13 Hours dramatizes the Benghazi attacks of September 11, 2012, when Islamic militants ambushed an American diplomatic compound, and six security agents—charged with protecting the U.S. ambassador Chris Stevens—tried to hold them off, Alamo-style. As much as director Michael Bay has talked about wanting to honor those six men, his film fails them: it’s visually incoherent and operates on a video game level. At best, 13 Hours is a remake of John Carpenter’s Assault on Precinct 13 (the one where united L.A. street gangs converge upon a police station and pummel it with bullets), but filtered through the sieve of that laughable cliché “based on a true story.” In fact, 13 Hours goes one better, offering the caption “This is a true story” at the beginning of the film. (The film is based on the book of the same name by Mitchell Zuckoff. As to its accuracy, the reports have been contradictory, so I implore the viewer to do her or his own fact-checking.)
Michael Bay has made clear his attention: to honor six American heroes whose story got lost amidst the political brouhaha involving Defense Secretary Clinton, who was, as we must surely all be aware by now, criticized for her response, or lack thereof, to Ambassador Stevens’ requests for aid over the weeks leading up to the attacks that left him dead. Bay asserts that 13 Hours is apolitical, that it’s merely a tribute to American heroism. But it’s hard to imagine that viewers will feel the same. Much like American Sniper, 13 Hours bears a sheen of patriotism around it, as though seeing it were one’s civic duty. People flock to movies like this one because they want to know what really happened in the Benghazi situation.
But politics aside, it’s Bay’s lack of finesse as a maker of movies that derails this film. For well over an hour, Bay tracks the movements of various characters through the crowded, hot, dusty streets of Benghazi, to the compound where the six American security guards are stationed, to the palatial temporary house of the ambassador, and yet we struggle to understand what’s happening on screen most of the time. Bay cannot even master simple movement, relying instead on the shaky camera technique that has been his friend for many a project.
The formula is one of manipulation: Let there be shaky camera, and maybe viewers won’t object to the fact that what’s before them on the screen is visual chaos. Or maybe, they’ll interpret that visual chaos as a deliberate artistic choice, not an artistic failing. But all you have to do is seek out a movie that’s done similar scenes of tension, fighting, chases, quick movements from Point A to Point B, without sacrificing visual clarity. Look at the final half-hour of Zero Dark Thirty, when the Navy SEALS are filtering through Bin Laden’s compound in the dead of night. That’s a tense, incredibly well-made sequence, where we can distinguish what’s going on and, if memory serves, who’s in a given shot.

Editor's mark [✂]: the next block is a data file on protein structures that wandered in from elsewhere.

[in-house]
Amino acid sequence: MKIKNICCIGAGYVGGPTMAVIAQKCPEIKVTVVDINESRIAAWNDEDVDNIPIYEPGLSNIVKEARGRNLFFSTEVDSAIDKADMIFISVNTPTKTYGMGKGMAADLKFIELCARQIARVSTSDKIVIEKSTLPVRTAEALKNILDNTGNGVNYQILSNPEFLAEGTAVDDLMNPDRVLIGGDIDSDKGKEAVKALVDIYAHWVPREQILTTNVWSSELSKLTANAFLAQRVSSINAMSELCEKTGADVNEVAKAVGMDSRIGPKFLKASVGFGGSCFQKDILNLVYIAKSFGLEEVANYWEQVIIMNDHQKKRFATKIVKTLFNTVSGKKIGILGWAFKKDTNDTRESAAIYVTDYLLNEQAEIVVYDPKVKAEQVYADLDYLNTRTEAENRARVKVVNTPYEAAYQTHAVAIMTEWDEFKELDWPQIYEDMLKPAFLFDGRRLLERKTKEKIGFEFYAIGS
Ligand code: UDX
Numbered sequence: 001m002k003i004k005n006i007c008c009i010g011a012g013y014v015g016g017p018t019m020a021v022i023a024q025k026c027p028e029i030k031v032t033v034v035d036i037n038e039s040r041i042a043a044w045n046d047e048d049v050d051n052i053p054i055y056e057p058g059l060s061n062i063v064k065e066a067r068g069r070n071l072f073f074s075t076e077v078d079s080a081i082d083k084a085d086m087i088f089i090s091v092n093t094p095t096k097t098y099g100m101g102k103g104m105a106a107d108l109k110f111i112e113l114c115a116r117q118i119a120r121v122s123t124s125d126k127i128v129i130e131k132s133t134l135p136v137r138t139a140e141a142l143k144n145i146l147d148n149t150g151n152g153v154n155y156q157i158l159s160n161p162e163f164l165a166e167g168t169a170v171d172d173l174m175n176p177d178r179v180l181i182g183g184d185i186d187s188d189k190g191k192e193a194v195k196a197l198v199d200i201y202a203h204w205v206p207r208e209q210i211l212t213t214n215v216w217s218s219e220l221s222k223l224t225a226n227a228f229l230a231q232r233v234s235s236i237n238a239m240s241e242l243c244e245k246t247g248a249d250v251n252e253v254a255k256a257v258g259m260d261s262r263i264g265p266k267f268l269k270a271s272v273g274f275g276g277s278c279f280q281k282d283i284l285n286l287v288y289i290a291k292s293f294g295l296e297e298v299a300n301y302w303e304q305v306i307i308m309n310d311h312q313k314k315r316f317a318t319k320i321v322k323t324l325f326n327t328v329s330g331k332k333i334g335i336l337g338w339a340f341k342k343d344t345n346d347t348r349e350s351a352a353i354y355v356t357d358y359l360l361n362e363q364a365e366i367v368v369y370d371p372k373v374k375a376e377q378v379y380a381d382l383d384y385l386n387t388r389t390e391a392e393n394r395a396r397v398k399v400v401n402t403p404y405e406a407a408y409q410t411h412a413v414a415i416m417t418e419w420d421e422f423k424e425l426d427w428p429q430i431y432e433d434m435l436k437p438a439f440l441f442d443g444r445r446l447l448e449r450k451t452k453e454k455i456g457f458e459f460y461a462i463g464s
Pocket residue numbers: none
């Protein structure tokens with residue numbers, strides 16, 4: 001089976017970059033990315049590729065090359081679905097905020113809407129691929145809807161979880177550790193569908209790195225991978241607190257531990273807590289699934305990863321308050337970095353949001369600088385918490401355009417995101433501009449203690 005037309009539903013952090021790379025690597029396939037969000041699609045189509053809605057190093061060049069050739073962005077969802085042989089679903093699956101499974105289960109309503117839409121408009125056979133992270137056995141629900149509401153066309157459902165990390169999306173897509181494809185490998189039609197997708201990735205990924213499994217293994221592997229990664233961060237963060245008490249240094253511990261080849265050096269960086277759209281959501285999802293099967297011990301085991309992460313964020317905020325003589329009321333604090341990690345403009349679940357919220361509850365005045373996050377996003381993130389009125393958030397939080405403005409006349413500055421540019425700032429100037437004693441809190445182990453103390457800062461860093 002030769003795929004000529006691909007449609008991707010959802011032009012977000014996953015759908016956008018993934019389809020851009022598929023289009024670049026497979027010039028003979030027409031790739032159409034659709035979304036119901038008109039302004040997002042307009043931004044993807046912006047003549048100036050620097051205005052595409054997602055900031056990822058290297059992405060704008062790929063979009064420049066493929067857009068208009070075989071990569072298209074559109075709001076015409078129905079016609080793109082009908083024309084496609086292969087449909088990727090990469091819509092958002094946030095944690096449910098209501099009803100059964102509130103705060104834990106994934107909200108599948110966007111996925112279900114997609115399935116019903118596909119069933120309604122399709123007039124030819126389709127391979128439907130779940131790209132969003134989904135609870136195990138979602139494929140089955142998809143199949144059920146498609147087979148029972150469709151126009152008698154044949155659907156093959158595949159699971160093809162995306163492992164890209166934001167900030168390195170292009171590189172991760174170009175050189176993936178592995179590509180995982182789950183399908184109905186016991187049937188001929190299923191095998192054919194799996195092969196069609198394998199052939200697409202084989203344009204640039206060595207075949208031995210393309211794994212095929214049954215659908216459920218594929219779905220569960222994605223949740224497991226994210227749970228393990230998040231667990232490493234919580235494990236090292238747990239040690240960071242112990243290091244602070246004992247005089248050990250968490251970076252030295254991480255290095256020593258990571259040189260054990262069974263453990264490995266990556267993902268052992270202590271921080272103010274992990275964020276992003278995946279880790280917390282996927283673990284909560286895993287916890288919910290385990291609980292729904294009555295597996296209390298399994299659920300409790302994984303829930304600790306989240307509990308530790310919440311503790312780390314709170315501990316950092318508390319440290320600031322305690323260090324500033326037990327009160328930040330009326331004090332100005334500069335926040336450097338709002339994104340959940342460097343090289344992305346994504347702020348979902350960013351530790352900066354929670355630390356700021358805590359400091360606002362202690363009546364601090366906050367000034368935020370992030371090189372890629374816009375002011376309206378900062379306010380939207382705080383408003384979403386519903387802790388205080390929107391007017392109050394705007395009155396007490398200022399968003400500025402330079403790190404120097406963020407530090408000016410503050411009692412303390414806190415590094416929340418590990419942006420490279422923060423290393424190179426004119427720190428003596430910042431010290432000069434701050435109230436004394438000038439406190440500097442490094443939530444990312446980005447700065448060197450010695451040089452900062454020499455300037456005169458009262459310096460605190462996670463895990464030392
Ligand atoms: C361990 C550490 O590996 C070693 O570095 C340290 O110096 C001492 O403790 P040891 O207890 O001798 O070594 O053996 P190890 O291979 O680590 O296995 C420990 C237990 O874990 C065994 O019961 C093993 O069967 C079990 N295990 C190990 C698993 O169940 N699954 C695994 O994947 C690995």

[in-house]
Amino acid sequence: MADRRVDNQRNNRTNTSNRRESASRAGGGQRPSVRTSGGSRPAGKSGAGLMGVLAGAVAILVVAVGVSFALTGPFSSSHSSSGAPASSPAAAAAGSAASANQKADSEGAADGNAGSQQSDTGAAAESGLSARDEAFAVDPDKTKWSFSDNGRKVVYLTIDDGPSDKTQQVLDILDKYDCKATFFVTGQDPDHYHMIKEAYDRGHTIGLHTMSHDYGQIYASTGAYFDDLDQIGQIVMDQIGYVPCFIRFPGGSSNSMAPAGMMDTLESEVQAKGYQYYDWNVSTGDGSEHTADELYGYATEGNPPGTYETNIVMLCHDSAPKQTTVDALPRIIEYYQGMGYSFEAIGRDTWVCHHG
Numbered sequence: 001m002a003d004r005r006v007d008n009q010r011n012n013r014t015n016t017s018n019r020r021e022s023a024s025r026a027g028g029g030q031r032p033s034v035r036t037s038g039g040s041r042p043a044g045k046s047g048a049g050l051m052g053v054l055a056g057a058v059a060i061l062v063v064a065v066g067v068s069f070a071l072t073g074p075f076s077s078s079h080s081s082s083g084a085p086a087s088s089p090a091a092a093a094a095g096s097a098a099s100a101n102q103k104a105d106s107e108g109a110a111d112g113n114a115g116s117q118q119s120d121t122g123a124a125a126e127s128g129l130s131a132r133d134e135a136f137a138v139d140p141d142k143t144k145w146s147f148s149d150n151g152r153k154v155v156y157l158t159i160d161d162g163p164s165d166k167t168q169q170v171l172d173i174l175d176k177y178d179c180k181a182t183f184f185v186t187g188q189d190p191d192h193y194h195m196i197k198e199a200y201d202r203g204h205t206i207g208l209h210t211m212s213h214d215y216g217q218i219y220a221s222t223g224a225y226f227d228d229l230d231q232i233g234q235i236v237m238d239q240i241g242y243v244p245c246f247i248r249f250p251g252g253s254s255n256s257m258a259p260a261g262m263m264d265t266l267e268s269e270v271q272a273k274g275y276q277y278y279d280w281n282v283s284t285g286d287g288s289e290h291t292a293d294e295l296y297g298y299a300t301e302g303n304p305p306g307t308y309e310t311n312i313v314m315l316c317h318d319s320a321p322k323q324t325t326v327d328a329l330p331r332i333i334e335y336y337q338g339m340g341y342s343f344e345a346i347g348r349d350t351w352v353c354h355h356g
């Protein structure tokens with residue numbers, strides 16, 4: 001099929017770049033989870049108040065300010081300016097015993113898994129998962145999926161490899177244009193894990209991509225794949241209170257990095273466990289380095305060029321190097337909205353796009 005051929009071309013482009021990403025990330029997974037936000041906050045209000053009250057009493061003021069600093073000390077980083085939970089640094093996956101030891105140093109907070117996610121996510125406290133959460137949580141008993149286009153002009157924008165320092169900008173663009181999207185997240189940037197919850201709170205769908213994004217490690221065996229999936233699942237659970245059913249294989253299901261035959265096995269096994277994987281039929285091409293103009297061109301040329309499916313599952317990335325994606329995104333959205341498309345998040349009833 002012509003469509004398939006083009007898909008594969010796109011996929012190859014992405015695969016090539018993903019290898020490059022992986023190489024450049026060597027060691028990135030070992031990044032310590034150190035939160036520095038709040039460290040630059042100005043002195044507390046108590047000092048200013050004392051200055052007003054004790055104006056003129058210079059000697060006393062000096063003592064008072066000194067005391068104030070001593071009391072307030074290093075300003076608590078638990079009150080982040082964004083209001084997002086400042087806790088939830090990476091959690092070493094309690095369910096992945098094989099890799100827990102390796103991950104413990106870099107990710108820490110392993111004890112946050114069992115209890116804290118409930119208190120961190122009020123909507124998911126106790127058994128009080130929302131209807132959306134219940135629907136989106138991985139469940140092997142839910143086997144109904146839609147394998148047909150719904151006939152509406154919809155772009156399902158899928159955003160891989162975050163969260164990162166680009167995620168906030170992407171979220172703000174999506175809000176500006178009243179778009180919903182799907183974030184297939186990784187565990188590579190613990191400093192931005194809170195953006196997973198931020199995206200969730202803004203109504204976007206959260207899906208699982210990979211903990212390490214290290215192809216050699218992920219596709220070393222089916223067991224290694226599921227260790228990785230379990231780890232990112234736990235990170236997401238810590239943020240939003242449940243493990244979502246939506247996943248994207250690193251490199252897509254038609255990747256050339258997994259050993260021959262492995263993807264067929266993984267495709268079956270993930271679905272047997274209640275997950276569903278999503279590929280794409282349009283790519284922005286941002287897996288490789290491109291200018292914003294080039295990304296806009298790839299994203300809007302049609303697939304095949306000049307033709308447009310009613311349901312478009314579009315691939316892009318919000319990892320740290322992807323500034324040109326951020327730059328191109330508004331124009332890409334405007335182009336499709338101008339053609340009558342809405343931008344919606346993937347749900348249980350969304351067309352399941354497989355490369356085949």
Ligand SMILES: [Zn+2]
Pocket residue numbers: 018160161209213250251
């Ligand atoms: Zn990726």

My objections are not mere cinematic snobbery. I’m not demanding fancy camera-work or stuffy artiness from Michael Bay. I’m demanding visual clarity, and if Bay wants to honor American heroes, he owes it to them to make a movie that makes sense, because only when a movie makes sense can the audience truly engage with it, feel for the characters, connect the dots in their own minds without having to rely on the film to do all the work for them. Bay cheats us with bad filming and hopes that the movie’s intentions will override all its flaws.
What saves this movie is the humanizing performance of John Krasinski, playing Jack Da Silva, one of the six security agents. Krasinski is so familiar from his stint on The Office that it’s a wonder we can accept him as anyone other than Jim, the charming nice-guy. He’s charming in this too, of course, but it’s a testament to his acting skills that we can divorce the actor Krasinski from “Jim” the sitcom character. Or maybe we can’t, and it’s our familiarity and good feelings toward him that ground us emotionally. Without Krasinski—and actually a host of other good performances—13 Hours would be utterly insufferable.
The final hour of the movie, which is the meat of the Benghazi attacks, alternates between this incoherent chaos and moments of clarity, when the fighting has temporarily subsided—a much-needed break for both the characters and the audience—and we can finally distinguish faces, and the actors are given moments to speak to each other without delivering data or shouting orders. In those moments, the movie actually becomes compelling, even if its dramatics are gooey. (The men just talk about wanting to go home to their wives a lot.)
With James Badge Dale, Max Martini, Dominic Fumusa, Pablo Schreiber, David Denman, Matt Letscher (playing Ambassador Chris Stevens), Toby Stephens, Alexia Barlier, and Freddie Stroma.